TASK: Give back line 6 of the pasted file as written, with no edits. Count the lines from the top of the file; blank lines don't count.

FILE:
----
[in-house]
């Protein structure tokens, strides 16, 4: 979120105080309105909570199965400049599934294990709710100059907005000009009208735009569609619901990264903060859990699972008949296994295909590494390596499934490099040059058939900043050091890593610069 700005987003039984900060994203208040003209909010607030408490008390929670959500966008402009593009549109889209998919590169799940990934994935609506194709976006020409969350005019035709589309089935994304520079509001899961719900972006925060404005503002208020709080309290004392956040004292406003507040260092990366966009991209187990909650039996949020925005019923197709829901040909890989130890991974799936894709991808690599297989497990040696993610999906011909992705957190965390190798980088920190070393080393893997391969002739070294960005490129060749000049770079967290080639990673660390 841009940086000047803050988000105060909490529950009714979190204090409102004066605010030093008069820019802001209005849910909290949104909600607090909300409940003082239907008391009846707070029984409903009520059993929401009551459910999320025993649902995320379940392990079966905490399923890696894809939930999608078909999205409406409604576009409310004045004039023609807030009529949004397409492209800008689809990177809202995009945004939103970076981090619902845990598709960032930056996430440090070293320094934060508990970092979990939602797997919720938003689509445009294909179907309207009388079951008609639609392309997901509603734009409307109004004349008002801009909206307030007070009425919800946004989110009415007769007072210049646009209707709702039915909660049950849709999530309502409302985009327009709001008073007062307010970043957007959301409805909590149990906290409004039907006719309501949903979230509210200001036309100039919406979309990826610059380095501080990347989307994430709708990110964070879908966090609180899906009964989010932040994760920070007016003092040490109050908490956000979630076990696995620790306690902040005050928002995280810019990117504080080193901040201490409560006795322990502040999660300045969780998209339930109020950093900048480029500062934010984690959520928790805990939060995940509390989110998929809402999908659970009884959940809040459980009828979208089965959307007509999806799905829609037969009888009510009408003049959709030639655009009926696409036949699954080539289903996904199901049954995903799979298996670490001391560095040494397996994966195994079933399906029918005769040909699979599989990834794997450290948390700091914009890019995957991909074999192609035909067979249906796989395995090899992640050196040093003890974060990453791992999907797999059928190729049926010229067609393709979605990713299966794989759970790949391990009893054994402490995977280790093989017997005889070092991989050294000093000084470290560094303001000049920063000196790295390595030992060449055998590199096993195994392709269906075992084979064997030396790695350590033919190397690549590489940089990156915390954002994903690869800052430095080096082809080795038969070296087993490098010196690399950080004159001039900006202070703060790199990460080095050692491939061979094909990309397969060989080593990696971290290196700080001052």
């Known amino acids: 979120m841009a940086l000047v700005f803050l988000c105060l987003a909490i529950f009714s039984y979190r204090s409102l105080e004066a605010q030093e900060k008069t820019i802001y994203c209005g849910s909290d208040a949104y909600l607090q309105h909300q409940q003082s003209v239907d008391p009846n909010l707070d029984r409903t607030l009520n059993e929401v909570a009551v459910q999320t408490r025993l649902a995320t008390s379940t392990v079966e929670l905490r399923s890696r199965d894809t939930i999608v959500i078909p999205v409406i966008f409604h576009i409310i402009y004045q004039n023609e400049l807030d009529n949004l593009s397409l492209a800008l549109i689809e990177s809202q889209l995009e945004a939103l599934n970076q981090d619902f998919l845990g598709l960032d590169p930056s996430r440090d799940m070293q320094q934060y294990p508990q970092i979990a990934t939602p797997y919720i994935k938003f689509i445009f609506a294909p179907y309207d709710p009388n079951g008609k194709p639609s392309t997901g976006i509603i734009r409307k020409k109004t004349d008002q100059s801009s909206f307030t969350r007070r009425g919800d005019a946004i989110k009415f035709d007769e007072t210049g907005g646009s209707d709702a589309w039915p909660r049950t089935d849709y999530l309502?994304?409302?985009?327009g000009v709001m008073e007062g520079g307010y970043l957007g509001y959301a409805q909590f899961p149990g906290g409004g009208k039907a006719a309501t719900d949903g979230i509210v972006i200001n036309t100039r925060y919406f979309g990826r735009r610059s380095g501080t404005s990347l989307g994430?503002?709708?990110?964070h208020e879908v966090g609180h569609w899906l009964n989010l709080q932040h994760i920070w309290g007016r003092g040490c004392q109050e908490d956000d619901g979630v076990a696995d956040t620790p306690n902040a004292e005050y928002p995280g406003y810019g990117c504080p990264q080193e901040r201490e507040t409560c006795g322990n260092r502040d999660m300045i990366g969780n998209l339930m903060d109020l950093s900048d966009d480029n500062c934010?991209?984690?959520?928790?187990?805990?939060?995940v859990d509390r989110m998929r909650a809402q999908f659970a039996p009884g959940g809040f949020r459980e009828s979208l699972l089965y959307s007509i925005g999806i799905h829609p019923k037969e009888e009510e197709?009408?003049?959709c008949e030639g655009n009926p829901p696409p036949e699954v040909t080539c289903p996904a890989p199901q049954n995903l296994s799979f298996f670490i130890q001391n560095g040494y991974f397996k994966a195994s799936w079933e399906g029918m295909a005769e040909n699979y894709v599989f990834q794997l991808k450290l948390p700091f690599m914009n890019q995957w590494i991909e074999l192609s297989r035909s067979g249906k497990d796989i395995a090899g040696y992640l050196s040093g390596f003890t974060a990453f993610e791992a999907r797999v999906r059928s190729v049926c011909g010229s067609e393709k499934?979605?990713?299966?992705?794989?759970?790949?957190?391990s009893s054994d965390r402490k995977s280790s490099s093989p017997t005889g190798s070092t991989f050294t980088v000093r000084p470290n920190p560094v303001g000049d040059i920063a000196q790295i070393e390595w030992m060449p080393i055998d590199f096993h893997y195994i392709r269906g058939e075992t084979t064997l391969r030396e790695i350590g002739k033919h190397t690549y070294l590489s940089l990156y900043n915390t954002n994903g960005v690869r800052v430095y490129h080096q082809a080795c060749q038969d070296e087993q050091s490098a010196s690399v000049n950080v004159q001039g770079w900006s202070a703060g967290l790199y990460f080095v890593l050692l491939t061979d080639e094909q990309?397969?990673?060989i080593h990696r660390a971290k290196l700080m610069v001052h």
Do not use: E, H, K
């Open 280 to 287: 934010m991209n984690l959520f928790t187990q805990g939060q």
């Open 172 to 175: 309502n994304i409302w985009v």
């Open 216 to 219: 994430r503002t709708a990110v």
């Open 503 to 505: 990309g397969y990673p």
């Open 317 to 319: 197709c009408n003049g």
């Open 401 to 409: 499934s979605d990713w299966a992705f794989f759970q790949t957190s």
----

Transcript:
């Open 172 to 175: 309502n994304i409302w985009v």